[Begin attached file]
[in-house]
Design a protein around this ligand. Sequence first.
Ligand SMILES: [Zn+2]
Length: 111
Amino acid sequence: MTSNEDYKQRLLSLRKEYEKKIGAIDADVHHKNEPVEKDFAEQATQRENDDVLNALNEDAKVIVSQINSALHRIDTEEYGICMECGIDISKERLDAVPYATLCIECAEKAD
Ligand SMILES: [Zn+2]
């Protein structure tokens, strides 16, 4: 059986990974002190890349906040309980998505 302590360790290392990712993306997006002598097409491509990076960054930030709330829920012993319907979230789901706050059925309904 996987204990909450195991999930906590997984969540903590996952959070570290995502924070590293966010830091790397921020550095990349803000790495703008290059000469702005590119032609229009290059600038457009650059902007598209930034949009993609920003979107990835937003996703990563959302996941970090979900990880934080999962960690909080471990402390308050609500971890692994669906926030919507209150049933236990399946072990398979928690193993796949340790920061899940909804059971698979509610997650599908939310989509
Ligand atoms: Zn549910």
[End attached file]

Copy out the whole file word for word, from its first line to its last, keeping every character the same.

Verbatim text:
[in-house]
Design a protein around this ligand. Sequence first.
Ligand SMILES: [Zn+2]
Length: 111
Amino acid sequence: MTSNEDYKQRLLSLRKEYEKKIGAIDADVHHKNEPVEKDFAEQATQRENDDVLNALNEDAKVIVSQINSALHRIDTEEYGICMECGIDISKERLDAVPYATLCIECAEKAD
Ligand SMILES: [Zn+2]
């Protein structure tokens, strides 16, 4: 059986990974002190890349906040309980998505 302590360790290392990712993306997006002598097409491509990076960054930030709330829920012993319907979230789901706050059925309904 996987204990909450195991999930906590997984969540903590996952959070570290995502924070590293966010830091790397921020550095990349803000790495703008290059000469702005590119032609229009290059600038457009650059902007598209930034949009993609920003979107990835937003996703990563959302996941970090979900990880934080999962960690909080471990402390308050609500971890692994669906926030919507209150049933236990399946072990398979928690193993796949340790920061899940909804059971698979509610997650599908939310989509
Ligand atoms: Zn549910």